“In some areas we are trying to be more and more organic, and in others, less conventional,” Adam mentions, also communicating that you have to be careful with changing the business model. “There are so many different types of buying behaviors within our established retail regions and even within the stores themselves. There are certain areas where folks will buy all organic, other locations where they are 50/50, and some places draw a majority of consumers who want conventional.”
Essentially, the ratio is ever-changing, but never a toss-up. Adapting to changing consumer values, economic stability or instability, access to information, and education all play a role in the decision-making process for today’s food lovers, and definitely those building their carts with fresh produce top-of-mind.
For this reason, produce and other food selections are tailored to each location. Nugget Markets has been able to observe which categories and items have had the most growth and success across organic or conventional, and can then make targeted and informed decisions about its programs.
When it comes to Nugget Markets’ vision for produce, the company also has a powerhouse player on its side. Nor-Cal Produce takes lead as the purchasing arm for all of Nugget’s fruit and vegetable needs. Besides a handful of growers that have been partners of Nugget Markets for years, Nor-Cal has been the leading source for all things fresh produce with the retailer since Adam joined the company.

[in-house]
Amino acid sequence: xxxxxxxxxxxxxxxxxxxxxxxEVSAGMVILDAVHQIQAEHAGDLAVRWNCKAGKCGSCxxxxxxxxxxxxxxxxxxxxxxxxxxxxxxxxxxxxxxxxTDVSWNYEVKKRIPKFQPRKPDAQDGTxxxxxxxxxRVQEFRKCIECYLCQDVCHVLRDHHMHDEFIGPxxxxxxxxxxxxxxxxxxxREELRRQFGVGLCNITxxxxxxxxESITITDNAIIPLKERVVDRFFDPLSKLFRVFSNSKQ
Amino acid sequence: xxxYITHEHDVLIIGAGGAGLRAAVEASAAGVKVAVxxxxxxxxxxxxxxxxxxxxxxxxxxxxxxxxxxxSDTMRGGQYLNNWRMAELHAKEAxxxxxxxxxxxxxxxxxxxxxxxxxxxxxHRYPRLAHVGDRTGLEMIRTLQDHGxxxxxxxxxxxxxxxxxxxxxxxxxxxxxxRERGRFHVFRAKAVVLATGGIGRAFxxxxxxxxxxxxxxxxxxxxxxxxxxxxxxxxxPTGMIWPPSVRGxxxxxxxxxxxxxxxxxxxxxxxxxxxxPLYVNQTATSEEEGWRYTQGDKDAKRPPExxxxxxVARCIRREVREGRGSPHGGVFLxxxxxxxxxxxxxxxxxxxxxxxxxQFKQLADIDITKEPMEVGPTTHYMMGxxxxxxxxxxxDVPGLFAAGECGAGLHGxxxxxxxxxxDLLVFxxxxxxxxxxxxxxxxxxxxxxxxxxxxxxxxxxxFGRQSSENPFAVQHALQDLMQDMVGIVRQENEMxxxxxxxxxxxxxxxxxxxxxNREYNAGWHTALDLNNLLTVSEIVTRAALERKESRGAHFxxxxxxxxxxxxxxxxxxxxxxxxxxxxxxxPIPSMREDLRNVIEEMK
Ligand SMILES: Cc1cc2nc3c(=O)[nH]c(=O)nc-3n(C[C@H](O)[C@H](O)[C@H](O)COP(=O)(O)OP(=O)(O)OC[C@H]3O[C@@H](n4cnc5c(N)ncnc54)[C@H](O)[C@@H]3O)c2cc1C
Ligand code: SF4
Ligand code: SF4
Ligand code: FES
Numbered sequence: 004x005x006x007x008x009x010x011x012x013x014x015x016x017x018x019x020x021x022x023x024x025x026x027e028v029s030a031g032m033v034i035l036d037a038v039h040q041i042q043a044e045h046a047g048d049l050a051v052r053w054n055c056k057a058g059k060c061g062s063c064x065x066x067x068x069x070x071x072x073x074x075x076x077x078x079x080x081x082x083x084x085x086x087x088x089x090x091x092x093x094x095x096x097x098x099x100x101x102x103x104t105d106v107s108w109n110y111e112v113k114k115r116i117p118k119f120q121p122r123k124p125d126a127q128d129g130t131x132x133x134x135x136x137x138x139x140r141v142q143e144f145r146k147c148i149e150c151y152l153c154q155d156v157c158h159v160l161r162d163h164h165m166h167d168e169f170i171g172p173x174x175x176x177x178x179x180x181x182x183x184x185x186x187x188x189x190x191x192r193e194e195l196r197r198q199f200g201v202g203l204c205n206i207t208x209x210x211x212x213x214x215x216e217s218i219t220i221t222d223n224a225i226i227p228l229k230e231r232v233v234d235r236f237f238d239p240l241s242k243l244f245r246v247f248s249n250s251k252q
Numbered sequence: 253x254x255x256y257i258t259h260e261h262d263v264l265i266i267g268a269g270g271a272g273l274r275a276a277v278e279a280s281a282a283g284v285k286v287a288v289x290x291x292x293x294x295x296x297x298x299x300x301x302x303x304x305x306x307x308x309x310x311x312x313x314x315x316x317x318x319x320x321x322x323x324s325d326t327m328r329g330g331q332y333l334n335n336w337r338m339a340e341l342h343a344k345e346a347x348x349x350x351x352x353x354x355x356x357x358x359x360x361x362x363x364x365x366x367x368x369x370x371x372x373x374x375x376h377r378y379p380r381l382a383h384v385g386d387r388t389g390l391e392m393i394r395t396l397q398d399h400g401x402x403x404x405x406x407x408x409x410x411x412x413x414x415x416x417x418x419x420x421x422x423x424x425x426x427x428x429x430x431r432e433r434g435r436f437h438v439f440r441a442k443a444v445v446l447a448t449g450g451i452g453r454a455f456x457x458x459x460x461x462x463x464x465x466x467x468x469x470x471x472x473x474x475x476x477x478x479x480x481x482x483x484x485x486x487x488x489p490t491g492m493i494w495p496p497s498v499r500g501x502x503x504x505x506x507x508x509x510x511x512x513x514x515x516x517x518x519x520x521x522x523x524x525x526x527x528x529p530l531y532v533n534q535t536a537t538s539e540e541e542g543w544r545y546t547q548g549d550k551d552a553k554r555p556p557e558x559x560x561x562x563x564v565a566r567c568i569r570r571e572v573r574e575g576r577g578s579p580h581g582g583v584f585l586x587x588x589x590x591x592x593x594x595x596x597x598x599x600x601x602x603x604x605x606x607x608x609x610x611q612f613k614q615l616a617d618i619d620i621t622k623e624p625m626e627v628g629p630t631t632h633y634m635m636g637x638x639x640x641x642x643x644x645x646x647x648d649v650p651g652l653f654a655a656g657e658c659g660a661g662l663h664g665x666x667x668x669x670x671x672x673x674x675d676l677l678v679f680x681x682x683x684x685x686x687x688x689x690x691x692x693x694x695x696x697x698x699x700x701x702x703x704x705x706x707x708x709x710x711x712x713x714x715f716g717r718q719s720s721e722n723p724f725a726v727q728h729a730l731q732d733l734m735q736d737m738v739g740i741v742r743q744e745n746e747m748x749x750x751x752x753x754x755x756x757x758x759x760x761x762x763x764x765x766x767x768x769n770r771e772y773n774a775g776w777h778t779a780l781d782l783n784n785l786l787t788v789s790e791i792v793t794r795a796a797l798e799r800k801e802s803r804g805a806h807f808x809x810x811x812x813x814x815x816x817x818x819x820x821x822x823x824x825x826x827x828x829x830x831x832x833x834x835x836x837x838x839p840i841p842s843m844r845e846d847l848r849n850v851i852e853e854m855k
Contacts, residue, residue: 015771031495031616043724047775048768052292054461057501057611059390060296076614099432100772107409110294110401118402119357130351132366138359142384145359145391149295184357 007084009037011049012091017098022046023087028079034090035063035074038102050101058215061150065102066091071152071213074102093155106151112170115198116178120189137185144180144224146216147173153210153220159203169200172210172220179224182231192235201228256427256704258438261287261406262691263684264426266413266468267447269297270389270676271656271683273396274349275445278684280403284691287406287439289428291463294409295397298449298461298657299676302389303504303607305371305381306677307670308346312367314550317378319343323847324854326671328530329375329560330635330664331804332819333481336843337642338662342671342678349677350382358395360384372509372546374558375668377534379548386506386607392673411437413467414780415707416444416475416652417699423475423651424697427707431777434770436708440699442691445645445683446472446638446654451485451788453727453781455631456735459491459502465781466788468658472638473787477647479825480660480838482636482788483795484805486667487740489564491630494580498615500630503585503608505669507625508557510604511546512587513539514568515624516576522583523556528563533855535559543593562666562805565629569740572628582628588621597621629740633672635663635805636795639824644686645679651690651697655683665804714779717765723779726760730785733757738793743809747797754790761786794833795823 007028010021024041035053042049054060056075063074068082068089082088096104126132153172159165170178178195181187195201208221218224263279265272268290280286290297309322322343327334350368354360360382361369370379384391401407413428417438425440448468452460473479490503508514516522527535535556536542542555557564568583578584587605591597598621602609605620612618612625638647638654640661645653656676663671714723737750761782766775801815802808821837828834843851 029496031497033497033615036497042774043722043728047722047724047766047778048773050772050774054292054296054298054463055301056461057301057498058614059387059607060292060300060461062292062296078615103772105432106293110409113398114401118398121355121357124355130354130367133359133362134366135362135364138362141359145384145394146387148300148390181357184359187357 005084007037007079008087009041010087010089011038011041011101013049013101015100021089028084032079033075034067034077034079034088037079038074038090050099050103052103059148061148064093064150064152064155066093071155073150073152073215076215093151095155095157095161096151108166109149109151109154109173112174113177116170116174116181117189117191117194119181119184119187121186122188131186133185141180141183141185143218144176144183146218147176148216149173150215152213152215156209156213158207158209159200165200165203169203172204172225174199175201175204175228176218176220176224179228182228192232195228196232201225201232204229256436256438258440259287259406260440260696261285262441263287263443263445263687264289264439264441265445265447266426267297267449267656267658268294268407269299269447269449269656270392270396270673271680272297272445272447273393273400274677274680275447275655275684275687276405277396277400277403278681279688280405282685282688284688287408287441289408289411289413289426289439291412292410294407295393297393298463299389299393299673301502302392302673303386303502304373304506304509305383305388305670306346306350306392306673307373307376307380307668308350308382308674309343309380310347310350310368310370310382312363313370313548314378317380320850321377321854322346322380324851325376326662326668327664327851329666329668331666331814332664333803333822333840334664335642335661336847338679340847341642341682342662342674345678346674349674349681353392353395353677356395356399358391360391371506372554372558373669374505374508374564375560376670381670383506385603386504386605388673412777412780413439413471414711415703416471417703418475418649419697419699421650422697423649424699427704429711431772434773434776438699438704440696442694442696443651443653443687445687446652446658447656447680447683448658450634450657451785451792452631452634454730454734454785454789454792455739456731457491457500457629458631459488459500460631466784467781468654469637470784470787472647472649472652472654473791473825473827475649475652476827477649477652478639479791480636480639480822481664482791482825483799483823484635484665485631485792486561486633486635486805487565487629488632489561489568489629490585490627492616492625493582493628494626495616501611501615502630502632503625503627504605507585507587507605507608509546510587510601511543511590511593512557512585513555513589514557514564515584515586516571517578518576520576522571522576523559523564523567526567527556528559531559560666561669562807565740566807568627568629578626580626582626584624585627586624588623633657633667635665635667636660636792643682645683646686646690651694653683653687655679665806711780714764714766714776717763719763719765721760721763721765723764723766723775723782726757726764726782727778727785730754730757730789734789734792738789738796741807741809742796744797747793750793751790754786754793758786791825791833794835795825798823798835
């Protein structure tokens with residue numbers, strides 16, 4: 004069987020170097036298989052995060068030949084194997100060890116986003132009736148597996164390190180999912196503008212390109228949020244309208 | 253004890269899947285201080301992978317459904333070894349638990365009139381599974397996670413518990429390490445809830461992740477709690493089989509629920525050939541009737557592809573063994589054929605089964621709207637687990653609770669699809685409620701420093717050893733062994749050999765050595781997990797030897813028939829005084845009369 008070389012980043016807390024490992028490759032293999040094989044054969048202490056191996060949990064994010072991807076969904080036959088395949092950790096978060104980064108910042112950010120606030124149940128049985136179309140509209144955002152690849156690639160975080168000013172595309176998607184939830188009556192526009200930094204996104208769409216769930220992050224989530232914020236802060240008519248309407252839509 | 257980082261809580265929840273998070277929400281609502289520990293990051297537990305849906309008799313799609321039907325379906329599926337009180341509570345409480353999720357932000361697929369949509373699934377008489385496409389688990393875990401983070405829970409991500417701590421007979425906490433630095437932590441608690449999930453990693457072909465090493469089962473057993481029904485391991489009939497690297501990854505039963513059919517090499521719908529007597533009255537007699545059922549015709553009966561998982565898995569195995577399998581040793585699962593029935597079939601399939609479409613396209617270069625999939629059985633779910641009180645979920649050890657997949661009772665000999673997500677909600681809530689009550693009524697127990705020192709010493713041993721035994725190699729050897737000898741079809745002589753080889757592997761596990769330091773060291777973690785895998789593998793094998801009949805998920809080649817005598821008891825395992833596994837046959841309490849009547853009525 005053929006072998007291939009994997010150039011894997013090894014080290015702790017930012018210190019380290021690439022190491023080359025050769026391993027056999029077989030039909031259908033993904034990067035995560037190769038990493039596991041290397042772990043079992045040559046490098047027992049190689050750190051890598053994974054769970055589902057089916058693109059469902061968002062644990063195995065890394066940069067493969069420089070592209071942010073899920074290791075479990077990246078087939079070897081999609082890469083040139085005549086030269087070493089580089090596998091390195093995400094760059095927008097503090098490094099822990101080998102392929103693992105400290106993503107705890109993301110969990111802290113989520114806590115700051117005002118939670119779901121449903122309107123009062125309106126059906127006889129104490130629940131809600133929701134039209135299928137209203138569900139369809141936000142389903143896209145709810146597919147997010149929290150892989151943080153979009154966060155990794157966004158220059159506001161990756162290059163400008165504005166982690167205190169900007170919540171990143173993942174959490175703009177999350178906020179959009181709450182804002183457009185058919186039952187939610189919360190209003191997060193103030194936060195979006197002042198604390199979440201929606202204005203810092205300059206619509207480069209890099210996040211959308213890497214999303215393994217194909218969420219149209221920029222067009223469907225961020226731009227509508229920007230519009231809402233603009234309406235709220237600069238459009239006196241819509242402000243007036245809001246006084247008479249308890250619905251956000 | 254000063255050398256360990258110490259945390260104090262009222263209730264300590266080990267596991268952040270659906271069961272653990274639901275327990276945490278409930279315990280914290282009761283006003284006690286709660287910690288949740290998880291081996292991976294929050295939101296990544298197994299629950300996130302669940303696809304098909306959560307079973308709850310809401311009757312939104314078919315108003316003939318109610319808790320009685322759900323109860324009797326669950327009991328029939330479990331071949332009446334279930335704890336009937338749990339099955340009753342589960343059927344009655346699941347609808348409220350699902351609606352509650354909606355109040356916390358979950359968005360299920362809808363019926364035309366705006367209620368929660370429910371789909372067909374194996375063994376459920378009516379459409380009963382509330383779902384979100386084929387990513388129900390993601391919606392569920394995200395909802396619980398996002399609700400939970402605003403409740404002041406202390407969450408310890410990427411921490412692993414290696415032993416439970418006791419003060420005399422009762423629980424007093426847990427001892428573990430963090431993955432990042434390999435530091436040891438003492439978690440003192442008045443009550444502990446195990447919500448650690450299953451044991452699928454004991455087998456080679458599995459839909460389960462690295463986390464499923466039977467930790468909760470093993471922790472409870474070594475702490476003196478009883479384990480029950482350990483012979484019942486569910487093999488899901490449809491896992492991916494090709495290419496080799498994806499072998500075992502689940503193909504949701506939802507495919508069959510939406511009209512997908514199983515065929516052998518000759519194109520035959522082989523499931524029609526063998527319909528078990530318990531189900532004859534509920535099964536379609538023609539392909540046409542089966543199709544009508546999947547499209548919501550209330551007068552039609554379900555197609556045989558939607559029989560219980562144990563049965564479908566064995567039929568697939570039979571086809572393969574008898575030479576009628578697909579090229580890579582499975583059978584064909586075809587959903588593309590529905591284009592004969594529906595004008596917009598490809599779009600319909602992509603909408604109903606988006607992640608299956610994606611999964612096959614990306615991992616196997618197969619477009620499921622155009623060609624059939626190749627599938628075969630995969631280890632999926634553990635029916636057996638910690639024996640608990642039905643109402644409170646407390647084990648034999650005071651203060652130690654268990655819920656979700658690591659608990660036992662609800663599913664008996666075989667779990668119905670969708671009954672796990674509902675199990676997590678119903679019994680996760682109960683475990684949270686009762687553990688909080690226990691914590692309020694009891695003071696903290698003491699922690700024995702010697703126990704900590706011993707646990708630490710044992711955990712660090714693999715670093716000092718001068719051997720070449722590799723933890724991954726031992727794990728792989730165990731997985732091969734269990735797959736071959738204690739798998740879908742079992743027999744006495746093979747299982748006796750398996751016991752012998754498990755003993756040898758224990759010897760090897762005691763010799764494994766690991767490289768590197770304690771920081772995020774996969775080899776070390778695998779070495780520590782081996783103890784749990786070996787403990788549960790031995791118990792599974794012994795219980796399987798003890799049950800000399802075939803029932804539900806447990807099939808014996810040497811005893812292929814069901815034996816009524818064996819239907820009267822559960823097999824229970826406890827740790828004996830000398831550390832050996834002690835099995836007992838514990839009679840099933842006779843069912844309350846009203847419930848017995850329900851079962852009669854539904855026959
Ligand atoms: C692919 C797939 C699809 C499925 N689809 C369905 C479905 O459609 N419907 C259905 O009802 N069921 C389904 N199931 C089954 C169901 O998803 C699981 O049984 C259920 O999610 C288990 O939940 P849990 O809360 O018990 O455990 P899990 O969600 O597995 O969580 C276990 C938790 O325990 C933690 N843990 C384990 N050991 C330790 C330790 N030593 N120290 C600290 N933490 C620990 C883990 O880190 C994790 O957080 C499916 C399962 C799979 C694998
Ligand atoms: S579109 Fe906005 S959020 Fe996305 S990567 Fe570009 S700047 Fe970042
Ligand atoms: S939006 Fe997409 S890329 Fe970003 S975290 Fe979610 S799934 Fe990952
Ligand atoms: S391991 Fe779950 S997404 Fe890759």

“Our relationship with Nor-Cal is more of a partnership. It’s almost as if we are one in the same. Because we have grown together over the years, our businesses, values, and goals align. It is about doing business right,” Adam says as we pull back the layers on what makes this partnership tick. “When we need to execute ideas that are unique in the marketplace, the Nor-Cal team is the one making it happen for us. Whether it is building crazy sales, procuring items that their team is not used to sourcing, or shifting the focus of our items—we are there to make their business better and they are here to do the same for us.”
The Nor-Cal partnership has long been a part of Nugget Markets produce-forward strategy, allowing them both to adapt to the changing nature of the consumer grocery basket.
Another way that Nugget Markets accesses these changing consumer demands is through the guest service aspect, which is a top priority in any department.
“We are always trying to connect with our guests to discover what they want, how we can better respond to what they are looking for, and where their priorities lie in the produce department. We have a genuine desire and passion to get to know those individuals who walk through our doors,” Adam says. “That level of care builds a different type of atmosphere, one that thrives on building better relationships. And the great part about this environment is that it is always authentic.”
That authenticity extends beyond the budding relationships and growing consumer loyalty, all the way to the design and ambience of the store itself. Across Nugget Markets’ 16 locations, including Fork Lift by Nugget Markets and Food 4 Less in Woodland, California, you can walk through entryways draped with handcrafted ornamental ivy vines, lavish Grecian sculptures with stone detailed to perfection, and a warm palette of fall colors. Or, enter another locale just 10 miles away that brightens the block with vibrantly painted sunflowers that have so much dimension you feel like the petals are extending out, right from the soft blue sky of its background. In 2000, the company began to shift to a more modern and abundant European-style market design which has given the team the chance to channel their environmental and food artistry.